Movie Reviews By Bil Antoniou
Bil’s rating (out of 5): BBB. USA, 1957. Allied Artists Productions, Billy Wilder Productions. Screenplay by Billy Wilder, I.A.L. Diamond, based on the novel Ariane, Jeune Fille Russe by Claude Anet. Cinematography by William C. Mellor. Produced by Billy Wilder. Production Design by Alexandre Trauner. Costume Design by Jay A. Morley Jr.. Film Editing by Leonide Azar, Chester W. Schaeffer. Golden Globe Awards 1957.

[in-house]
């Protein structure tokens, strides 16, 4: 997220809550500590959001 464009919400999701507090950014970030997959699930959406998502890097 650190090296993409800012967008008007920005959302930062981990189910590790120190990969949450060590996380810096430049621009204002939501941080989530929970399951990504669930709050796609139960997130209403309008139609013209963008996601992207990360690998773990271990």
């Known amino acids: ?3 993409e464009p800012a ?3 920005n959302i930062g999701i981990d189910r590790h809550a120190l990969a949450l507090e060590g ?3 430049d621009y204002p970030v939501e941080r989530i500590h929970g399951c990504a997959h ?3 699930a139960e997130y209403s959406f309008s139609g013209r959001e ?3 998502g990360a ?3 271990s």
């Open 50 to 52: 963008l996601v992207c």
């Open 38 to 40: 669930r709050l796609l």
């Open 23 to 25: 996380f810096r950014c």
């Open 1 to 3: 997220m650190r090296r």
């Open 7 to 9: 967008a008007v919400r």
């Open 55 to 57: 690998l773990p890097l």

For some odd reason, filmmakers were under the distinct impression that Audrey Hepburn liked to get it on with old men. Humphrey Bogart (Sabrina), Cary Grant (Charade), Fred Astaire (Funny Face) and Rex Harrison (My Fair Lady) were all long in the tooth when they got to have a crack at the (very) young lady, and Love In The Afternoon features probably the very worst example of them all. While Hepburn has been made to look her most girlish, Gary Cooper as her love interest looks like he’s about seven hundred and fifty years old. Thankfully, the only other old man in the film (Maurice Chevalier) plays her father and therefore can’t possibly want her for anything else (we hope), eliminating Cooper’s competition completely. Hepburn plays a young ingenue living in Paris whose detective father is hired to look into the shady love life of an American entrepreneuer (Cooper). During the course of the investigation, she becomes smitten with him (and still her father doesn’t mind that she’s dating a man older than him). A minor Billy Wilder classic, but beautiful to look at (except for all the wrinkles).